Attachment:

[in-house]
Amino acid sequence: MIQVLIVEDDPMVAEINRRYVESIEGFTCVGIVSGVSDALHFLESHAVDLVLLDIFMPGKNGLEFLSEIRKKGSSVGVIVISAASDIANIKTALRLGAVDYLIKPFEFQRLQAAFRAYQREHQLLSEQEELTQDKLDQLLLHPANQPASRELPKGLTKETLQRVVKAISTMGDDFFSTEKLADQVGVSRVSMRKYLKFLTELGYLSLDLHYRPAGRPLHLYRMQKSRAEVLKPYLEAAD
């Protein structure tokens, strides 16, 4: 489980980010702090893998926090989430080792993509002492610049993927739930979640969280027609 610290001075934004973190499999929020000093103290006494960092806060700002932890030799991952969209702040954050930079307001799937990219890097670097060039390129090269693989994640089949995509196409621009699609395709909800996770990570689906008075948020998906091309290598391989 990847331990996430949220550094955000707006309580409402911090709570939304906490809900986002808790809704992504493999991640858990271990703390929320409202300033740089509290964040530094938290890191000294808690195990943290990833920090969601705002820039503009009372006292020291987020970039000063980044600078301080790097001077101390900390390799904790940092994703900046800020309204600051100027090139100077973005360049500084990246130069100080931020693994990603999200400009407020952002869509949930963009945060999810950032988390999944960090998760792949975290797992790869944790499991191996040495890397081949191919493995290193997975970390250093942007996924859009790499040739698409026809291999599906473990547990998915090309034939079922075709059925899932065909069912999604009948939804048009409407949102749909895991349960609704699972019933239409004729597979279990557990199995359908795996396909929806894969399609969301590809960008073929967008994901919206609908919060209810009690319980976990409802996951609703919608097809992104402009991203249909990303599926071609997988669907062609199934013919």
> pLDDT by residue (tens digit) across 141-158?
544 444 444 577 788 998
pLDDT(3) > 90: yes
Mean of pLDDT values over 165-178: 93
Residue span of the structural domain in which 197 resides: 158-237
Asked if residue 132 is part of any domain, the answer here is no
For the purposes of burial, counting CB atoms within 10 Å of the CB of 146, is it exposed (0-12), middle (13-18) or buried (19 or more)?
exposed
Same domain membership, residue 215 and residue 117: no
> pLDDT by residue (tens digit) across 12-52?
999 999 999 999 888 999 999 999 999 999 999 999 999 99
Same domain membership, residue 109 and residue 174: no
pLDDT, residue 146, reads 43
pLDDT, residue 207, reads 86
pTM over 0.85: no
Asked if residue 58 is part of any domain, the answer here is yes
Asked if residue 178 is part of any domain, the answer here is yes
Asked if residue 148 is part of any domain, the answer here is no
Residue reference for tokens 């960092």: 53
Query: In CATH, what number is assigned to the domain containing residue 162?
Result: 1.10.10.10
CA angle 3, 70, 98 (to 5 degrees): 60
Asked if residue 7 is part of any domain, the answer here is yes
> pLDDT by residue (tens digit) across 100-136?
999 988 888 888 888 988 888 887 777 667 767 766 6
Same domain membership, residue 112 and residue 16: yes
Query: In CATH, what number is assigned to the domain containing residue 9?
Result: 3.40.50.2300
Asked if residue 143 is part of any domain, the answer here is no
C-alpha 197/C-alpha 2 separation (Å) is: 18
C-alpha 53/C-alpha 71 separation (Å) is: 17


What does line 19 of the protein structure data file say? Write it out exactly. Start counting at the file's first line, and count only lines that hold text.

Asked if residue 58 is part of any domain, the answer here is yes